October 22, 2018
‘These images were taken today with three different pin hole cameras in Flatrock Nature Preserve, in Englewood, NJ. This is just on the backside of the Hudson River Palisades, i.e., just to the west of those cliffs. Each image was exposed for approximately fifty minutes during cloudy weather, and I manipulated them in GIMP, adding a bit of sepia toning.
This first image was taken with a coffee can camera, which produces a distorted perspective, although in this setting, it is not so pronounced: No straight lines in nature!
This image was taken with a box pin hole camera set about two feet above the water surface on a rock.
The last image, below, was done with a box pin hole and a tripod set up.
June 8, 2018
That’s a coelacanth, and some fruit. The barcodes got blown out, despite the shady day.
October 16, 2017
I was growing tired of wide-angle shots, so I constructed a third pinhole camera from a shoe box, cut to about one third of its length. Keeping the box lid intact at the end allowed me to easily construct a flip-up paper loader along the back of the camera box. It seems to be very effective at sealing the box, and I put in some tabs to hold the photo paper in place – no curved photo-plane this time. I improvised the usual tripod mount with scrap wood and a piece of hardware from Home Depot.
I cannibalized the aperture (0.3mm) from my wide-angle camera to use with this one, even though all the formulae indicate that a 0.45mm pinhole is optimal: I have new ones on order, but I couldn’t wait. Rushing again… With a focal length of 5-inches, the f-number is about 425.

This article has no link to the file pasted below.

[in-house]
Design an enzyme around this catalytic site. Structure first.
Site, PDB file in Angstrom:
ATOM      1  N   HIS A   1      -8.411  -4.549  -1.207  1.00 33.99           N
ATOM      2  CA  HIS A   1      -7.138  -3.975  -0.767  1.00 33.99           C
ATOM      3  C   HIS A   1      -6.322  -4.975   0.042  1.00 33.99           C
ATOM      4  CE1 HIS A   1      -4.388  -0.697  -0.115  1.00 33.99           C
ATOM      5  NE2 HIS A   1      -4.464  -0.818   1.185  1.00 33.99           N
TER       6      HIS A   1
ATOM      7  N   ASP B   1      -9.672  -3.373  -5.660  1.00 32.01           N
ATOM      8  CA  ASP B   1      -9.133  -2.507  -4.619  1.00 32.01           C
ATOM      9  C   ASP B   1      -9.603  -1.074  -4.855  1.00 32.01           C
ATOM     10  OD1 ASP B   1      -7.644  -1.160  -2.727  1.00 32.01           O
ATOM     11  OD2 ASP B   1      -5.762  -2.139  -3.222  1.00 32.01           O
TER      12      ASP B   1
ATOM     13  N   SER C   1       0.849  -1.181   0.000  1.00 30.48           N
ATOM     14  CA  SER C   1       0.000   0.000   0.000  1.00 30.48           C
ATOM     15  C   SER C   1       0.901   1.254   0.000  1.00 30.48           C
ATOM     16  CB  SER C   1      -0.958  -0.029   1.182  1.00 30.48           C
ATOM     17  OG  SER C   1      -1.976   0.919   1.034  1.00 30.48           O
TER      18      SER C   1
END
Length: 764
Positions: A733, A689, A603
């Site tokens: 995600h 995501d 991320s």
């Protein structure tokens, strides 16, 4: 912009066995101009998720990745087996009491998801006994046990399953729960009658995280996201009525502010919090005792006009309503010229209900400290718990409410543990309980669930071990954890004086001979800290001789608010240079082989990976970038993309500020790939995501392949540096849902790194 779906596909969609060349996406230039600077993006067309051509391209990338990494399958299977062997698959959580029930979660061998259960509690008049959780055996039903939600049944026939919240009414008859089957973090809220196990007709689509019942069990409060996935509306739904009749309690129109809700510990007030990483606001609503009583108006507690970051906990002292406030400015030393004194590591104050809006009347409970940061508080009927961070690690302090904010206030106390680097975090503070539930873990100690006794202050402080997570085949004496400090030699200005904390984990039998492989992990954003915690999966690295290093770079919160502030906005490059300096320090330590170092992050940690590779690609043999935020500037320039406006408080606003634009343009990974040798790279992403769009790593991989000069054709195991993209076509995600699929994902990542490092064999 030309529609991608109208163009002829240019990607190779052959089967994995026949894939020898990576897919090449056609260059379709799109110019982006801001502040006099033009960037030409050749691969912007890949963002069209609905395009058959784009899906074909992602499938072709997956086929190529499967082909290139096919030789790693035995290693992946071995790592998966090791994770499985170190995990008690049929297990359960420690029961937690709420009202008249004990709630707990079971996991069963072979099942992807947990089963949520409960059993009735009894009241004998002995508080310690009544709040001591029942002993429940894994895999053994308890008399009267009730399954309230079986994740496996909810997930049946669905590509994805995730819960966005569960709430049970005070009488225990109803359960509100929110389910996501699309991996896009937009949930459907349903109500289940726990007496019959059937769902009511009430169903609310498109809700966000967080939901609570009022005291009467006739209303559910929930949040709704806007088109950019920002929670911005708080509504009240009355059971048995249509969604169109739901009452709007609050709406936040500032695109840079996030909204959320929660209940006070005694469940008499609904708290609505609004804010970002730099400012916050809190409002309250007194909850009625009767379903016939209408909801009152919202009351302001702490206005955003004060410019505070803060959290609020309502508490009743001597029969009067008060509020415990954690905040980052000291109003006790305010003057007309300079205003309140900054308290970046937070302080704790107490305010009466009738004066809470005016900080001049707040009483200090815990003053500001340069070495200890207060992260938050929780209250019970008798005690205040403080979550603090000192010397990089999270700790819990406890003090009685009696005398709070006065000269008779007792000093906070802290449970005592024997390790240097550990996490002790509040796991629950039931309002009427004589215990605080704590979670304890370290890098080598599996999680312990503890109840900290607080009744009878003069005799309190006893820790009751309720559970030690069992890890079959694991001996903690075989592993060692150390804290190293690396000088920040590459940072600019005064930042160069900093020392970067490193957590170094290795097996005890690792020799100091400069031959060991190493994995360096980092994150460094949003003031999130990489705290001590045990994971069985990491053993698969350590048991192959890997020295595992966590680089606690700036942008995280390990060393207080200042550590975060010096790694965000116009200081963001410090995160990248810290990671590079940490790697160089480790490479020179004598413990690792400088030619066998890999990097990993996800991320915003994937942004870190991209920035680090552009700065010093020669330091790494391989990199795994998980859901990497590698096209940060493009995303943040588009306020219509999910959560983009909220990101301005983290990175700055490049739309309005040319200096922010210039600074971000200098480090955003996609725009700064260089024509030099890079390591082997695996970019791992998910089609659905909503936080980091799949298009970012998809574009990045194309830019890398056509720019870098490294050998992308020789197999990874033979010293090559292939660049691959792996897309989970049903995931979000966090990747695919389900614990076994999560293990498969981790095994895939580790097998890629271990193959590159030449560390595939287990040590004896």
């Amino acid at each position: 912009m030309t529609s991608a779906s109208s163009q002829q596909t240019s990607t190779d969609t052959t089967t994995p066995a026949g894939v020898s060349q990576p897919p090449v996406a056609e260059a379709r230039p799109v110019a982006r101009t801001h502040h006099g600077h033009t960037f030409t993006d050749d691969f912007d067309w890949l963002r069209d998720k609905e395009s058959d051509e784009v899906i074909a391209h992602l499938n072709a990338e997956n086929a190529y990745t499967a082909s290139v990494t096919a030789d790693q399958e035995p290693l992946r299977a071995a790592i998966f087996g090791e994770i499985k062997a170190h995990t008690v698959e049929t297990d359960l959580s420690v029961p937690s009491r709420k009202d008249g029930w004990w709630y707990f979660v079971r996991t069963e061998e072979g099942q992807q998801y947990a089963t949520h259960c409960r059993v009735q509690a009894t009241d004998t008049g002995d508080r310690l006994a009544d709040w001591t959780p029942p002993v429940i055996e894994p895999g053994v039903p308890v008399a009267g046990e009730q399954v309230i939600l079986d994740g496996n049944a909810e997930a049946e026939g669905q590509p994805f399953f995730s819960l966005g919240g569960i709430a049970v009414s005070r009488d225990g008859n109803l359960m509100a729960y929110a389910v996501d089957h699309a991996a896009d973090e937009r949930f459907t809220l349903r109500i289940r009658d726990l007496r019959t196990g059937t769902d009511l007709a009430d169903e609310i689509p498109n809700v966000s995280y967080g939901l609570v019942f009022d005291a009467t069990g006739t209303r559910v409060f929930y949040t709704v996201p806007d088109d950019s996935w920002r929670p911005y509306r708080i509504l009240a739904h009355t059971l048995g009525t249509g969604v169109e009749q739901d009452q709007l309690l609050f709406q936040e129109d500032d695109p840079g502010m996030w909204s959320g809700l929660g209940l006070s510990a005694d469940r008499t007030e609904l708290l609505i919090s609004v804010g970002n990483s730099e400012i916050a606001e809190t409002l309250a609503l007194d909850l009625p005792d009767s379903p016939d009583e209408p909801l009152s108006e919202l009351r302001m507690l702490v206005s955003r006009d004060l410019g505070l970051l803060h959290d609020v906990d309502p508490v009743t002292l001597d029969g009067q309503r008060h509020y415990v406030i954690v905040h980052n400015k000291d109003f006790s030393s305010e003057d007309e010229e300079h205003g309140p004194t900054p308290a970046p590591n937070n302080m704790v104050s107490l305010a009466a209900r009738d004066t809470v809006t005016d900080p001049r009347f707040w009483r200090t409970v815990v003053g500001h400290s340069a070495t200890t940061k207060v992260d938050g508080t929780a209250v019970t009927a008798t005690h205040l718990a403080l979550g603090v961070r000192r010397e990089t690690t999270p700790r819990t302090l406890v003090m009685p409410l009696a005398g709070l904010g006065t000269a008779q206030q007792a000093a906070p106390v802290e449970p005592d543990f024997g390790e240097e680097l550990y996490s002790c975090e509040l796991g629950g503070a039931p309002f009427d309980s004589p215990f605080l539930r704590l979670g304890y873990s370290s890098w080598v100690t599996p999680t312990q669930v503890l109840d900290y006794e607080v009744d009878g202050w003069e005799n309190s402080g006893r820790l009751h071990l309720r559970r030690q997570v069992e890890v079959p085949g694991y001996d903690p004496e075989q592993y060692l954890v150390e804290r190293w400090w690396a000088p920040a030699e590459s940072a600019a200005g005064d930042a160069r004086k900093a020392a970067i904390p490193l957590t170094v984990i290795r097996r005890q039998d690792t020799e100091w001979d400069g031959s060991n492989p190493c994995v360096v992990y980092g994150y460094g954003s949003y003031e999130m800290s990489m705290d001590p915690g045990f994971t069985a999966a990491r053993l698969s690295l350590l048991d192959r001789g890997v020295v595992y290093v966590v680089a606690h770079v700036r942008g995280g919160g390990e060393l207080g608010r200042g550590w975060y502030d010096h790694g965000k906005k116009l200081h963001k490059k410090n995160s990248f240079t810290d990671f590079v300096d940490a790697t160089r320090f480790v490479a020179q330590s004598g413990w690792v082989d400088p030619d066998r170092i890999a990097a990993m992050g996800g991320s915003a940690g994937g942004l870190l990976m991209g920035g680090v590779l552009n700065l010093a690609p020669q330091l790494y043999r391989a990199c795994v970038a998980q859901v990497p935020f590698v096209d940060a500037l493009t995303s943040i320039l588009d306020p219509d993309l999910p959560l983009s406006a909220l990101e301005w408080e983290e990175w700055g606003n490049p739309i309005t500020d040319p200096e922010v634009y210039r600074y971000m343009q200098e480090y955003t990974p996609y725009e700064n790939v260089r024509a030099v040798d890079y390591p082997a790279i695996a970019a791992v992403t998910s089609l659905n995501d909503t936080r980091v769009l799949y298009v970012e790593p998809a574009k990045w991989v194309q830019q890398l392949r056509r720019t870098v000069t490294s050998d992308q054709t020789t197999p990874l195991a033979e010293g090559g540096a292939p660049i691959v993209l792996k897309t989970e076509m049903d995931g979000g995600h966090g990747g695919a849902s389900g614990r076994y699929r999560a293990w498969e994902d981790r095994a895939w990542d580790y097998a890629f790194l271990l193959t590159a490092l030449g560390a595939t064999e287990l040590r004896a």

My first attempt with the new box was a shot of the USS Ling taken from down near the water, a great shot of the rusting hulk of a submarine, but I noticed that the aperture didn’t seem to be properly fixed to the camera body. Sure enough, in the darkroom, I got an all black print. 😦 I had made a too big hole in the box so that when I taped the aperture holder over it, I didn’t quite close it. It was hard to tape on without bending the camera wall since the hole was almost the same size as the aperture holder. I fixed this by gluing a sheet of matting over the original hole, with a smaller hole punched in it, over which I taped the aperture holder. The thickness of the whole deal is so little that I don’t have to worry about vignetting the image.
After the repair, the camera worked great. Perhaps a little light leak showing in the upper part of the image, but that might just be the bright sky with tree shade.
And a nice gothic shot of our town hall shot with my 0.2mm camera.
October 13, 2017
Yesterday, I ventured into Manhattan to meet a friend for lunch down near where I used to work, and afterwords, we strolled over to the WTC Memorial, directly across from my old office. (Also from Century 21, where I bought a pair of Italian shoes. 🙂 ) I had been planning to take some pinhole shots, and the weather was good.
I had my 5″x7″ photo paper camera loaded and ready, and I set up my tripod for what was to be a one-minute exposure. Oops, no tripods allowed, I was informed by two policemen. I can see how they would need to have that rule to prevent the area from being clogged with photographers at their stations. Nevertheless, when they saw the nature of my equipment – clearly, I was not a professional doing commercial work – they looked the other way for sixty seconds, and I got this shot.
Over near the Santiago Calatrava PATH terminal, I took another shot, this time with my 0.2mm, 0.9″ pinhole using 3″x 3″ paper. I crouched down and held the camera in my lap for a thirty second exposure. Not tripods there, either! I like the spooky, Expressionist feel to this image.